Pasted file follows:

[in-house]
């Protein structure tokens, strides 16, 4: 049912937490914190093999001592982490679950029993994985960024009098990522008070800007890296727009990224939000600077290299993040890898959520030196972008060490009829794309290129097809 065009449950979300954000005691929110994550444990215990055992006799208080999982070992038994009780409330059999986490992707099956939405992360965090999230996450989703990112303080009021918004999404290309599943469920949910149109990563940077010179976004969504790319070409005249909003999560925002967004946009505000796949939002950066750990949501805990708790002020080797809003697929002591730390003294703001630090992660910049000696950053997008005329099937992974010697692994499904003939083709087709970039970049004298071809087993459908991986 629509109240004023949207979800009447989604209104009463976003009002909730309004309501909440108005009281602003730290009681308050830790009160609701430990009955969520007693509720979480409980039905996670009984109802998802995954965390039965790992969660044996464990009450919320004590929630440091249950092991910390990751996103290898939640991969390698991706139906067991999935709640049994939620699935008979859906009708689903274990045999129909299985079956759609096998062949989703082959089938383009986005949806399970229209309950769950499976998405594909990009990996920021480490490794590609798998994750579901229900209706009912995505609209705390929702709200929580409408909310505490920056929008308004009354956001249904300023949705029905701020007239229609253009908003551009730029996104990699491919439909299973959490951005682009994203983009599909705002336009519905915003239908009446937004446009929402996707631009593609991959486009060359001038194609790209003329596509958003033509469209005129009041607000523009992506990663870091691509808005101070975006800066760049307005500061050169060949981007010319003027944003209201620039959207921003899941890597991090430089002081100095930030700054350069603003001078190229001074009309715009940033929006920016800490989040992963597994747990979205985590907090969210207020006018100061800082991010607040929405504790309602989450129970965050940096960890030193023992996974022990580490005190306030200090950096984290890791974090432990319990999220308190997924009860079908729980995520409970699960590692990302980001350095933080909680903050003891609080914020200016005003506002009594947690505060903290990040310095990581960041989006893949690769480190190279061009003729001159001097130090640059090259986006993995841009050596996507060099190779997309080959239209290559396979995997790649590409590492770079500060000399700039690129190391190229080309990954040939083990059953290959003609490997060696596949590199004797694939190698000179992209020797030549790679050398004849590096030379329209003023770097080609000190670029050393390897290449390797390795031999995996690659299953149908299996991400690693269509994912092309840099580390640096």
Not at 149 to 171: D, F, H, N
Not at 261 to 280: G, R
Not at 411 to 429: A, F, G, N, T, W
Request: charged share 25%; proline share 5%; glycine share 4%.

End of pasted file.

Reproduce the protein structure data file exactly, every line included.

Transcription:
[in-house]
């Protein structure tokens, strides 16, 4: 049912937490914190093999001592982490679950029993994985960024009098990522008070800007890296727009990224939000600077290299993040890898959520030196972008060490009829794309290129097809 065009449950979300954000005691929110994550444990215990055992006799208080999982070992038994009780409330059999986490992707099956939405992360965090999230996450989703990112303080009021918004999404290309599943469920949910149109990563940077010179976004969504790319070409005249909003999560925002967004946009505000796949939002950066750990949501805990708790002020080797809003697929002591730390003294703001630090992660910049000696950053997008005329099937992974010697692994499904003939083709087709970039970049004298071809087993459908991986 629509109240004023949207979800009447989604209104009463976003009002909730309004309501909440108005009281602003730290009681308050830790009160609701430990009955969520007693509720979480409980039905996670009984109802998802995954965390039965790992969660044996464990009450919320004590929630440091249950092991910390990751996103290898939640991969390698991706139906067991999935709640049994939620699935008979859906009708689903274990045999129909299985079956759609096998062949989703082959089938383009986005949806399970229209309950769950499976998405594909990009990996920021480490490794590609798998994750579901229900209706009912995505609209705390929702709200929580409408909310505490920056929008308004009354956001249904300023949705029905701020007239229609253009908003551009730029996104990699491919439909299973959490951005682009994203983009599909705002336009519905915003239908009446937004446009929402996707631009593609991959486009060359001038194609790209003329596509958003033509469209005129009041607000523009992506990663870091691509808005101070975006800066760049307005500061050169060949981007010319003027944003209201620039959207921003899941890597991090430089002081100095930030700054350069603003001078190229001074009309715009940033929006920016800490989040992963597994747990979205985590907090969210207020006018100061800082991010607040929405504790309602989450129970965050940096960890030193023992996974022990580490005190306030200090950096984290890791974090432990319990999220308190997924009860079908729980995520409970699960590692990302980001350095933080909680903050003891609080914020200016005003506002009594947690505060903290990040310095990581960041989006893949690769480190190279061009003729001159001097130090640059090259986006993995841009050596996507060099190779997309080959239209290559396979995997790649590409590492770079500060000399700039690129190391190229080309990954040939083990059953290959003609490997060696596949590199004797694939190698000179992209020797030549790679050398004849590096030379329209003023770097080609000190670029050393390897290449390797390795031999995996690659299953149908299996991400690693269509994912092309840099580390640096």
Not at 149 to 171: D, F, H, N
Not at 261 to 280: G, R
Not at 411 to 429: A, F, G, N, T, W
Request: charged share 25%; proline share 5%; glycine share 4%.